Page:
Throughout the week a number of contests and "battlefields” were held where entrepreneurs went head to head pitching the value proposition of their ideas. These "pitchfests” are fast becoming theatrical experiences (see ABC’s Shark Tank) as our cultural appetite for tech startups as entertainment grows (see HBO’s Silicon Valley). For content producers, innovative solutions for capturing media and better, smaller, more efficient accessories were everywhere, including new types of screens like Corning’s extremely bendable glass which could also display images and respond to touch. Sphericam, a very cool camera startup, won TechStar’s pitch competition for "IOT and Wearables.” In a year where virtual reality has captured the heart of Hollywood, this beautiful round camera delivers, recording spherical video in 4K resolution for playback on VR headsets with the simple push of a button. Little jewels like this camera are found throughout the show, though you have to mine the floor to find them.

Content Discovery Will Be Heard

Amazon’s cloud-based voice assistant Alexa (like Siri , Google Now and Scarlett Johannson’s Samantha), first came to market as the "personal assistant” inside of the company’s Echo speaker and was showing up everywhere on the floor as an operating system that integrated third-party devices. My 6-year-old took to it right away. At its simplest, it’s a voice interface for accessing content throughout your home or any other environment where there’s an Alexa device. You can play music, listen to podcasts, have a Kindle book read to you and of course, order products on Amazon all through vocal commands. My daughter loves to ask for the soundtrack to My Little Pony’s Equestria Girls; she doesn’t have to think about the channel or platform, she just asks for what she wants to hear. Increasingly, consumers will be coming to expect that same seamless interaction with content.

Product Placement Gone Wild

A company called Trakr demonstrated the future of products in a connected home. Trakr has low-energy Bluetooth (BLE) tags, little pieces of plastic often called "beacons,” that attach to different "things” in your life. These beacons can ping your phone and tell you where that "thing” is located. You can literally find anything that has the beacon tag attached … Think "find my iPhone” but for your glasses case, your purse, your husband. (Not kidding.) Trakr is partnering with companies like Hewlett-Packard, Cross Pens and Royce Leather to build the beacon inside the product, so you don’t have to have tags hanging everywhere. At CES, it announced integration with Alexa so you can use vocal commands to activate Trakr. Think of the implications to storytellers, including brands, when the everyday items we use start generating information about how we use them.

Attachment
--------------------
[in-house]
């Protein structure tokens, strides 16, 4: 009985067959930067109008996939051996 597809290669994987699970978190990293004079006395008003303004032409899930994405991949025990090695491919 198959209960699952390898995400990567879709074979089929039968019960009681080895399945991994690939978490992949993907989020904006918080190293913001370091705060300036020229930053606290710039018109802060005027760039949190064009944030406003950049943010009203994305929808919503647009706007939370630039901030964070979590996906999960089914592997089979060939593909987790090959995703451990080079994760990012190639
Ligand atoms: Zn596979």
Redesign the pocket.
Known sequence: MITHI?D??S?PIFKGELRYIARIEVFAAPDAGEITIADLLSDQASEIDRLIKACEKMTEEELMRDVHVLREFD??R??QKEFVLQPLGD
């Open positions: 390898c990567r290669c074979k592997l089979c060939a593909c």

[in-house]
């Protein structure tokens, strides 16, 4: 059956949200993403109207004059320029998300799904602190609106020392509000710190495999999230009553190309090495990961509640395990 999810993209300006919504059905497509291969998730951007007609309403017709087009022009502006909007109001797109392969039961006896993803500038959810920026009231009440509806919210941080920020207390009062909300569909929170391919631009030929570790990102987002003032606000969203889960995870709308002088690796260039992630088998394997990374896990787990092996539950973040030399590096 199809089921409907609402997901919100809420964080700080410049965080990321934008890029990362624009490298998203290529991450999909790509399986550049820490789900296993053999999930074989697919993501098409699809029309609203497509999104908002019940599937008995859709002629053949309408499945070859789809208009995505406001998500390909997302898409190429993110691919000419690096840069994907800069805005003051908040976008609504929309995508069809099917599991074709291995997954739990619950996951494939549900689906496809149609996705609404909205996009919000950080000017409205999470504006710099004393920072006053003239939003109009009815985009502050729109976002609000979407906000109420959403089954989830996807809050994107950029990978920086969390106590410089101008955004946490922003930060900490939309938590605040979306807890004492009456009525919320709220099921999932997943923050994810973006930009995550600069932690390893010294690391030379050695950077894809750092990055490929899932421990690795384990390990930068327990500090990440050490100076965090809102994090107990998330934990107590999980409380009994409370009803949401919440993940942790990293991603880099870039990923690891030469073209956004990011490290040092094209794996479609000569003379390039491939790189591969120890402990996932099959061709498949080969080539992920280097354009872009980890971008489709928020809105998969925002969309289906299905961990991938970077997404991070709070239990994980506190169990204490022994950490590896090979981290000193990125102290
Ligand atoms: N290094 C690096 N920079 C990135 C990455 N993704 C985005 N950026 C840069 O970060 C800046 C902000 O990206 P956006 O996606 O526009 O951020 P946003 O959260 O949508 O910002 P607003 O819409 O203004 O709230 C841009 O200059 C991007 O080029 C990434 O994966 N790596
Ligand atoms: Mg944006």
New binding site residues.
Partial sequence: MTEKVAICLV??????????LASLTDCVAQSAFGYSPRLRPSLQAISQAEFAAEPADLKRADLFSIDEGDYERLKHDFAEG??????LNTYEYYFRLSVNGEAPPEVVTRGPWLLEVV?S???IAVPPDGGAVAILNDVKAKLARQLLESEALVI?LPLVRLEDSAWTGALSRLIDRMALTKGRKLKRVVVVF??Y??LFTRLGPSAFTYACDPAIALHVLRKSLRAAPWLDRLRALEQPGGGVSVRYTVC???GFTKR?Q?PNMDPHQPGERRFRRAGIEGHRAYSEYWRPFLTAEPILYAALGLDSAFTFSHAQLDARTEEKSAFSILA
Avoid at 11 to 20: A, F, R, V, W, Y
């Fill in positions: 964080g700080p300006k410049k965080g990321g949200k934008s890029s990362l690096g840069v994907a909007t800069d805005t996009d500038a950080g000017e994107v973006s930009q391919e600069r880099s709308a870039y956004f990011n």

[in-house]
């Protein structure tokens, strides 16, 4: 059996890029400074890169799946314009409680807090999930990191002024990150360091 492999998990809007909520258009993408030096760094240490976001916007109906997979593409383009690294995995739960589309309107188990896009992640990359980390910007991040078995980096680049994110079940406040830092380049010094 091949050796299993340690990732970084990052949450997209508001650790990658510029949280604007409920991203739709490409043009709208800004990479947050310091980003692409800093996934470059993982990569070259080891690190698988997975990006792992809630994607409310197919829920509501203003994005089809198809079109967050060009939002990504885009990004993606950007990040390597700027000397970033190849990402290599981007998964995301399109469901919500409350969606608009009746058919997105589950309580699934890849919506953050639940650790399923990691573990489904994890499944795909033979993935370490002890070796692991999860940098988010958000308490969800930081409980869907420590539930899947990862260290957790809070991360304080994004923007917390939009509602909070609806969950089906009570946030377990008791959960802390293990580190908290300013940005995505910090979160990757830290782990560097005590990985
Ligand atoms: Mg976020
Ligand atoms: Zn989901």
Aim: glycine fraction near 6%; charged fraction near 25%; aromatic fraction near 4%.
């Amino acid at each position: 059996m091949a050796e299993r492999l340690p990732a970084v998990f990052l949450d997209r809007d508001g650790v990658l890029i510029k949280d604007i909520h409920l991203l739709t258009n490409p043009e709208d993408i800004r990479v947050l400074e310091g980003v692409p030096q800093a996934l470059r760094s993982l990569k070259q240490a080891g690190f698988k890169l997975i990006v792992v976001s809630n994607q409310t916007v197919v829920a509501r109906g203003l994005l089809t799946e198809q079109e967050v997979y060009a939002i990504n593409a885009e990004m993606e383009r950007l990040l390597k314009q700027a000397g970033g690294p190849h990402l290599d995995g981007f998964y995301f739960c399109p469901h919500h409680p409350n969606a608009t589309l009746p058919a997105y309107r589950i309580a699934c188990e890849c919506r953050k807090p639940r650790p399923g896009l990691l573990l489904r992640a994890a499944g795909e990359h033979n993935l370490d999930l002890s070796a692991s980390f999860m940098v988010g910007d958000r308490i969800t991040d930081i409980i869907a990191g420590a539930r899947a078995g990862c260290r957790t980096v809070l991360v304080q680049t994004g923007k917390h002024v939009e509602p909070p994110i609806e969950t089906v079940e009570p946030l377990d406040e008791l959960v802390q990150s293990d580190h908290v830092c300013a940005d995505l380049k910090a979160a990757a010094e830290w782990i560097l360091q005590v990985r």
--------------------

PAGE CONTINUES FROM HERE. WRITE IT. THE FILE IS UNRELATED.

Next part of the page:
Alexa, where are my keys?
"Your keys are located in the living room.”

These integrations are all financed by Amazon’s Alexa Fund, which is a program to fuel voice-technology innovation.

Data is the New Co-Star

Wearables were the first example of IOT that came into the public consciousness more than a year ago and are finally to moving away from chunky plastic bracelets that track activity to more sophisticated sensor-equipped clothing, tattoos and even ingestible sensors for monitoring and diagnosis. The data that all these devices are creating is impacting every area of life from healthcare decisions, smart appliances and smart homes, to gaming and entertainment, and even channel surfing.

Vert, a sports technology company, has already taken it to the next level by generating real-time data that becomes content in sports broadcasts. VertCast is Vert’s wearable jump monitoring device. In last fall’s NCAA Division Women’s Volleyball Championship, the athletes wearing VertCast had their jump height data shown in real-time on ESPN2. The data not only became a point of conversation for the sportscasters but also for the other athletes and fans watching at home; ultimately, data becomes a character, a relevant figure in the experience of the game. Soon, with interactive overlays and other "lean in” technologies on connected screens, wearables can create direct audience engagement with their favorite celebrities and sports stars.